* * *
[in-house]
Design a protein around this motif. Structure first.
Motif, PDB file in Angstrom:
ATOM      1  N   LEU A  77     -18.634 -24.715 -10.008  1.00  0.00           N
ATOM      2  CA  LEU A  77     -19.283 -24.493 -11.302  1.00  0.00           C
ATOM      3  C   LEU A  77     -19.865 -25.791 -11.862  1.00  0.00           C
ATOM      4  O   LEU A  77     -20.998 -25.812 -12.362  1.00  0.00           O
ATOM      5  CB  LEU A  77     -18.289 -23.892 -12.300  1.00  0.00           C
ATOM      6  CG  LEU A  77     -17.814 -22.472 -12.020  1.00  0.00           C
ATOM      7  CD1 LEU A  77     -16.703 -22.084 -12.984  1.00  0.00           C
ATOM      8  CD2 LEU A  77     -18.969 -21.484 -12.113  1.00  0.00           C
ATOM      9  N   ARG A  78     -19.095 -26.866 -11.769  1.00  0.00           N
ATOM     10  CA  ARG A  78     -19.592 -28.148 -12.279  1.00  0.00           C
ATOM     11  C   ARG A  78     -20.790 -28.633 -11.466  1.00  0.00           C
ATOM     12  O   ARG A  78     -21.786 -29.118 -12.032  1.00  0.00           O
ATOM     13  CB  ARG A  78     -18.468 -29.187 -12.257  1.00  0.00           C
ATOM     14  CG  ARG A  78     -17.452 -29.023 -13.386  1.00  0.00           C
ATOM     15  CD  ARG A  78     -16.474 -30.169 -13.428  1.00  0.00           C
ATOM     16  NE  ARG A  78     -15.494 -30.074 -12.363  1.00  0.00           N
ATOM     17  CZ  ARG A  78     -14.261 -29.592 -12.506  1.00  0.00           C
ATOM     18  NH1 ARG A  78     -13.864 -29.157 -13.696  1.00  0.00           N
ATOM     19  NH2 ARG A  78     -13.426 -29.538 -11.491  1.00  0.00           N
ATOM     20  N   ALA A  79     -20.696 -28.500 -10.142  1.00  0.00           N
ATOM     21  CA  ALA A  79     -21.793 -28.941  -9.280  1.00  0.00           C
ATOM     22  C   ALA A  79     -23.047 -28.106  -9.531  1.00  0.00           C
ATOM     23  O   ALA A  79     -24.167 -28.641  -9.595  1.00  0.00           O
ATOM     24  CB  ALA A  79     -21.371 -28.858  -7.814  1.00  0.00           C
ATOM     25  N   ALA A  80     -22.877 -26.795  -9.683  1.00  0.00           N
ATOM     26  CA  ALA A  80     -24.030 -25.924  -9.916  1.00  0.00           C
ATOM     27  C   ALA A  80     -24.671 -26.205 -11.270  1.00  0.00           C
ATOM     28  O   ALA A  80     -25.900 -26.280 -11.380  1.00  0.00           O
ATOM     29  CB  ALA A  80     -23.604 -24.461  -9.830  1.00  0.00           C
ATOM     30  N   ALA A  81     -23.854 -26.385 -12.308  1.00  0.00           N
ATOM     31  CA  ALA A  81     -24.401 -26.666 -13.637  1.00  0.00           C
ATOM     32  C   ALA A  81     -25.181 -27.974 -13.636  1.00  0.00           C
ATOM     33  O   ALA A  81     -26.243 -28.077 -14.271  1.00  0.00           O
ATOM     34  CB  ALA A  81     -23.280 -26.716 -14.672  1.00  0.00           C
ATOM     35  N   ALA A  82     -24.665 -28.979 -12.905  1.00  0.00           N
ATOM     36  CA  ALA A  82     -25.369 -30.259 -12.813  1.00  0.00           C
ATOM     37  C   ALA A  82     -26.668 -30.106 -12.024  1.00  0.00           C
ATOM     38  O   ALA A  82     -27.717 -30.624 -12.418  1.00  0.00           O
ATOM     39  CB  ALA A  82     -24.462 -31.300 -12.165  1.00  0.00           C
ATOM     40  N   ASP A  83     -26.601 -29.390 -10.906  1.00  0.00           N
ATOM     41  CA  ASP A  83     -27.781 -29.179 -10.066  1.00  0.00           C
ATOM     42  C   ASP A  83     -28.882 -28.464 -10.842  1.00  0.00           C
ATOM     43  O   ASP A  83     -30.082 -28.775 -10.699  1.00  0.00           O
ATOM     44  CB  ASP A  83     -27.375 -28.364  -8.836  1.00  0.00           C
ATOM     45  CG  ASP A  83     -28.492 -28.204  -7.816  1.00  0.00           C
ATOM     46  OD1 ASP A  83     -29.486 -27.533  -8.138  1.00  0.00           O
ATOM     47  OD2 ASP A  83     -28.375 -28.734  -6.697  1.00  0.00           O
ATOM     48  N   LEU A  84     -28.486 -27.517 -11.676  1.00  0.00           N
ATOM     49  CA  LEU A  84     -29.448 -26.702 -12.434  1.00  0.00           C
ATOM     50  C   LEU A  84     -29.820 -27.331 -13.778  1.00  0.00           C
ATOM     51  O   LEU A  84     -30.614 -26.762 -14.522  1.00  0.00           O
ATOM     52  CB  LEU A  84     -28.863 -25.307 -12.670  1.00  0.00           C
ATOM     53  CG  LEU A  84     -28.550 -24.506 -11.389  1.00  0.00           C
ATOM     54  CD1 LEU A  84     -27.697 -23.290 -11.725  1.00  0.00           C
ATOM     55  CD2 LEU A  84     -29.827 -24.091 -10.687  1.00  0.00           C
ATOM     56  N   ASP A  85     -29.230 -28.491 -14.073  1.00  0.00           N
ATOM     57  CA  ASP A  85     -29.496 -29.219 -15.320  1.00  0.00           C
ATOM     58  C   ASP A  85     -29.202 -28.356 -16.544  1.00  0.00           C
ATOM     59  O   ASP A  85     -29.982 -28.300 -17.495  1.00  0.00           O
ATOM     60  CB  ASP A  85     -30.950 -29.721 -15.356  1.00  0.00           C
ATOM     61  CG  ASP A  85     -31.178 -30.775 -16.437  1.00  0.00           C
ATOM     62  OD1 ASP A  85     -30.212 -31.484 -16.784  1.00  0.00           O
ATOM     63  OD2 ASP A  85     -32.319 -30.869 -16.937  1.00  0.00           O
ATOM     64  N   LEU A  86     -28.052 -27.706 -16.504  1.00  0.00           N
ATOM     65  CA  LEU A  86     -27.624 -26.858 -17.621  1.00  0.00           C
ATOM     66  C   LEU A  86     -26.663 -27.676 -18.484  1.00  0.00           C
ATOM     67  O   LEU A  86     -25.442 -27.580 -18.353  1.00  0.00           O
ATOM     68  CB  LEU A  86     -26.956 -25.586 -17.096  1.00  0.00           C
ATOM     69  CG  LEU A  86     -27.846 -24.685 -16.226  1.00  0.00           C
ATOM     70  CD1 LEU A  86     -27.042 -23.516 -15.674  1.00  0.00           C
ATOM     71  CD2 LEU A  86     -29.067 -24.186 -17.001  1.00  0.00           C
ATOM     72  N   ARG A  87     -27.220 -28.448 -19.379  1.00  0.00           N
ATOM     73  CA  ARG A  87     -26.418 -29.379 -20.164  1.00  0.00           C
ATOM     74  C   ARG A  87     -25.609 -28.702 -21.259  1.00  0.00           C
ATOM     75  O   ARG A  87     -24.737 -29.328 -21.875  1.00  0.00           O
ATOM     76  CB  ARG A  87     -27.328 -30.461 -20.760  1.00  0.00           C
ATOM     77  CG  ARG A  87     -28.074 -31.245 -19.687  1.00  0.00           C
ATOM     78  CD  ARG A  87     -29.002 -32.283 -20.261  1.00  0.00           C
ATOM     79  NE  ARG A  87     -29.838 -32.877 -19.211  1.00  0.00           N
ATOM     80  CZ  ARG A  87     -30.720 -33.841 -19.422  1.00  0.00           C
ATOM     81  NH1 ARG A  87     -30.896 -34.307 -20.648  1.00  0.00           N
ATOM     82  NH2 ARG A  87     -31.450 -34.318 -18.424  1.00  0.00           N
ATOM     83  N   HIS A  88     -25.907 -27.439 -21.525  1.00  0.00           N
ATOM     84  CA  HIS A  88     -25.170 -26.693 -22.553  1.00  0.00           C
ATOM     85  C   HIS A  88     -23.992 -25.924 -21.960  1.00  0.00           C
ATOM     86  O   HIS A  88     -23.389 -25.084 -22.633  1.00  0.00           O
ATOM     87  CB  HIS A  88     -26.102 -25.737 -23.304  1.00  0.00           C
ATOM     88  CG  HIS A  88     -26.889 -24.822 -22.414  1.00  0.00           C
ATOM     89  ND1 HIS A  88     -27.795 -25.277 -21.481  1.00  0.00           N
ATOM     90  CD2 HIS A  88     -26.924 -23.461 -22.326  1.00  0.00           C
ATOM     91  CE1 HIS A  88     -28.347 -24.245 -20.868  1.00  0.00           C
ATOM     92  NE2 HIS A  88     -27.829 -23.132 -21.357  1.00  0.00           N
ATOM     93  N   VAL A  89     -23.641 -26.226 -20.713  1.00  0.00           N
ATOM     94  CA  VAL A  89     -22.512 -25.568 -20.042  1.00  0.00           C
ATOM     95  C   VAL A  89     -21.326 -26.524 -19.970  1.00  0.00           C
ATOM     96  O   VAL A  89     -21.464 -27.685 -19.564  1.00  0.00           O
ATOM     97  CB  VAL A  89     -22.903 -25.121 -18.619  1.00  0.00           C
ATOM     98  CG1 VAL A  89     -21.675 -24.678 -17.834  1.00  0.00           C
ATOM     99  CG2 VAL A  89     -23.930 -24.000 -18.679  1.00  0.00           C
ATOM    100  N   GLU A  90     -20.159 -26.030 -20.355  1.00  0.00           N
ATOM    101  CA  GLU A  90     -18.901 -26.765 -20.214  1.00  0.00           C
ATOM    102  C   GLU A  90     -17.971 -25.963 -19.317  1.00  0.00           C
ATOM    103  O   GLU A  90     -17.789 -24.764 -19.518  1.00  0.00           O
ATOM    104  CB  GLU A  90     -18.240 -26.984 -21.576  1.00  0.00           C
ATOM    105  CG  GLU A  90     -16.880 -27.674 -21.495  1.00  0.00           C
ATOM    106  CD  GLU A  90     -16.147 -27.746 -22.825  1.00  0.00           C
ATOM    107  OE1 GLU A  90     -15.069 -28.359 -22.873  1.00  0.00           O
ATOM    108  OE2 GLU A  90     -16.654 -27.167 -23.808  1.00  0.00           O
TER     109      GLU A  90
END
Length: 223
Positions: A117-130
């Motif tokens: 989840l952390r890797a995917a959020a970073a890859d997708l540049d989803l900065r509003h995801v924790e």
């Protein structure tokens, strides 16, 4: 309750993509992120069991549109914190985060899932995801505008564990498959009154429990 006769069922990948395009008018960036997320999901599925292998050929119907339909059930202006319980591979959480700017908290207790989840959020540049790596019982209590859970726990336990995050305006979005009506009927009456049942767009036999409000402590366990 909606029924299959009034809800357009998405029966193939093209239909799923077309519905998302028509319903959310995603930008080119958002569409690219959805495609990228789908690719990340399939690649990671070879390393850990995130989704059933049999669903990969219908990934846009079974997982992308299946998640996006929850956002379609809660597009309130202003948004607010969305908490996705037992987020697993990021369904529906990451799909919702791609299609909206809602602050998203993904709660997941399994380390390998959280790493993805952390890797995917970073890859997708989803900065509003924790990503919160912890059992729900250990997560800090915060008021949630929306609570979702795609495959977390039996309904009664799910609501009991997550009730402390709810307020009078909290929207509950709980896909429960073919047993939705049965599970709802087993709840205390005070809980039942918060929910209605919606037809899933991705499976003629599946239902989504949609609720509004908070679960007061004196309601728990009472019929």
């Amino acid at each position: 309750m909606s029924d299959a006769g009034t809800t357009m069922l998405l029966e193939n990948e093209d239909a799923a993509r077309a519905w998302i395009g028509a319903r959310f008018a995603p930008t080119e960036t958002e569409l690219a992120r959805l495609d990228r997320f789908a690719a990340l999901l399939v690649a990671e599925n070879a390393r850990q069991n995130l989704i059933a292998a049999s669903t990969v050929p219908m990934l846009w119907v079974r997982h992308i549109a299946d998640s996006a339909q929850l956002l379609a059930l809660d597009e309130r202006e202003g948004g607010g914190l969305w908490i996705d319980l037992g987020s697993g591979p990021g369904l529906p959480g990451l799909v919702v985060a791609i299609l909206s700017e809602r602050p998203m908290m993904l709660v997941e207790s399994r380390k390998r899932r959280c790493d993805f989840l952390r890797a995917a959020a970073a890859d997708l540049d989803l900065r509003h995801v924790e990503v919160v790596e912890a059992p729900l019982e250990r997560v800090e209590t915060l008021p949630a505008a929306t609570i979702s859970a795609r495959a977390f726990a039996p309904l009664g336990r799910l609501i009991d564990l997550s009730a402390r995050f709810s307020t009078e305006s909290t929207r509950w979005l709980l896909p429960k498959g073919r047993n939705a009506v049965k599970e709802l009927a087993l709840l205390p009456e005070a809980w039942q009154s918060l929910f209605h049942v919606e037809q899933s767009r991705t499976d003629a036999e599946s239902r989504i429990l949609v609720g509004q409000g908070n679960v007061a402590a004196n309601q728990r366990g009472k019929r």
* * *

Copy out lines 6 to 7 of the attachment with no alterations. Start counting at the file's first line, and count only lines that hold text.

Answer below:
ATOM      3  C   LEU A  77     -19.865 -25.791 -11.862  1.00  0.00           C
ATOM      4  O   LEU A  77     -20.998 -25.812 -12.362  1.00  0.00           O